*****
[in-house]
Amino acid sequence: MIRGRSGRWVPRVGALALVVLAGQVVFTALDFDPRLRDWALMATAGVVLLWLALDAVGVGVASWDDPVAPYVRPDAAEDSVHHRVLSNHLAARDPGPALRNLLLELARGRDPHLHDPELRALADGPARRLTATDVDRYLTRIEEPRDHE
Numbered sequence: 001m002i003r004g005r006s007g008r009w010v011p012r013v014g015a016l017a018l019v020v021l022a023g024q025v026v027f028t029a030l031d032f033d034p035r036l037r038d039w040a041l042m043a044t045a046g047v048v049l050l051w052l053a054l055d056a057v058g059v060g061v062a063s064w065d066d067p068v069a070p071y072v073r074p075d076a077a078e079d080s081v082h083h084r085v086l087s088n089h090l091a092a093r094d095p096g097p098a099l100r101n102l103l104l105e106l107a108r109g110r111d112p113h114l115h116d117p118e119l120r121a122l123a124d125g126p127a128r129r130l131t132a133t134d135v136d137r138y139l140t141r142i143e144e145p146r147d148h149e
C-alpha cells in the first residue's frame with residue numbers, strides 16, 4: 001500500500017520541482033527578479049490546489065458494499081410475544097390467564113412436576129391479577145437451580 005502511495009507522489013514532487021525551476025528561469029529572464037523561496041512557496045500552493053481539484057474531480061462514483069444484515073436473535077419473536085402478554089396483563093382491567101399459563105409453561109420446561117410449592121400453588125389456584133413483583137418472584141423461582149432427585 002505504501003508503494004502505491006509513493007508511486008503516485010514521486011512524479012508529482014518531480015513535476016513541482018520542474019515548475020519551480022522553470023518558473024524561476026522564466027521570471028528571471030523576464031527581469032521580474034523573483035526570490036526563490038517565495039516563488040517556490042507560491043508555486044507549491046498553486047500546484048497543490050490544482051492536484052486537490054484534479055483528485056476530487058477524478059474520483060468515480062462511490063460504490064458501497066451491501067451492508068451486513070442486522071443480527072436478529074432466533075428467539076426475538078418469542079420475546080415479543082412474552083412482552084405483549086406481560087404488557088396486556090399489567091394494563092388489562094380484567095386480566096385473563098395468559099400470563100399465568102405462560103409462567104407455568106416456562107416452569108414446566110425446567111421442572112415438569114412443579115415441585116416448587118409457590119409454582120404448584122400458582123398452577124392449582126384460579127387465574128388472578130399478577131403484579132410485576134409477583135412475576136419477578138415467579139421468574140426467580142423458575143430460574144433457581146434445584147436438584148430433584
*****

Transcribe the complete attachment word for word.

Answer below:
[in-house]
Amino acid sequence: MIRGRSGRWVPRVGALALVVLAGQVVFTALDFDPRLRDWALMATAGVVLLWLALDAVGVGVASWDDPVAPYVRPDAAEDSVHHRVLSNHLAARDPGPALRNLLLELARGRDPHLHDPELRALADGPARRLTATDVDRYLTRIEEPRDHE
Numbered sequence: 001m002i003r004g005r006s007g008r009w010v011p012r013v014g015a016l017a018l019v020v021l022a023g024q025v026v027f028t029a030l031d032f033d034p035r036l037r038d039w040a041l042m043a044t045a046g047v048v049l050l051w052l053a054l055d056a057v058g059v060g061v062a063s064w065d066d067p068v069a070p071y072v073r074p075d076a077a078e079d080s081v082h083h084r085v086l087s088n089h090l091a092a093r094d095p096g097p098a099l100r101n102l103l104l105e106l107a108r109g110r111d112p113h114l115h116d117p118e119l120r121a122l123a124d125g126p127a128r129r130l131t132a133t134d135v136d137r138y139l140t141r142i143e144e145p146r147d148h149e
C-alpha cells in the first residue's frame with residue numbers, strides 16, 4: 001500500500017520541482033527578479049490546489065458494499081410475544097390467564113412436576129391479577145437451580 005502511495009507522489013514532487021525551476025528561469029529572464037523561496041512557496045500552493053481539484057474531480061462514483069444484515073436473535077419473536085402478554089396483563093382491567101399459563105409453561109420446561117410449592121400453588125389456584133413483583137418472584141423461582149432427585 002505504501003508503494004502505491006509513493007508511486008503516485010514521486011512524479012508529482014518531480015513535476016513541482018520542474019515548475020519551480022522553470023518558473024524561476026522564466027521570471028528571471030523576464031527581469032521580474034523573483035526570490036526563490038517565495039516563488040517556490042507560491043508555486044507549491046498553486047500546484048497543490050490544482051492536484052486537490054484534479055483528485056476530487058477524478059474520483060468515480062462511490063460504490064458501497066451491501067451492508068451486513070442486522071443480527072436478529074432466533075428467539076426475538078418469542079420475546080415479543082412474552083412482552084405483549086406481560087404488557088396486556090399489567091394494563092388489562094380484567095386480566096385473563098395468559099400470563100399465568102405462560103409462567104407455568106416456562107416452569108414446566110425446567111421442572112415438569114412443579115415441585116416448587118409457590119409454582120404448584122400458582123398452577124392449582126384460579127387465574128388472578130399478577131403484579132410485576134409477583135412475576136419477578138415467579139421468574140426467580142423458575143430460574144433457581146434445584147436438584148430433584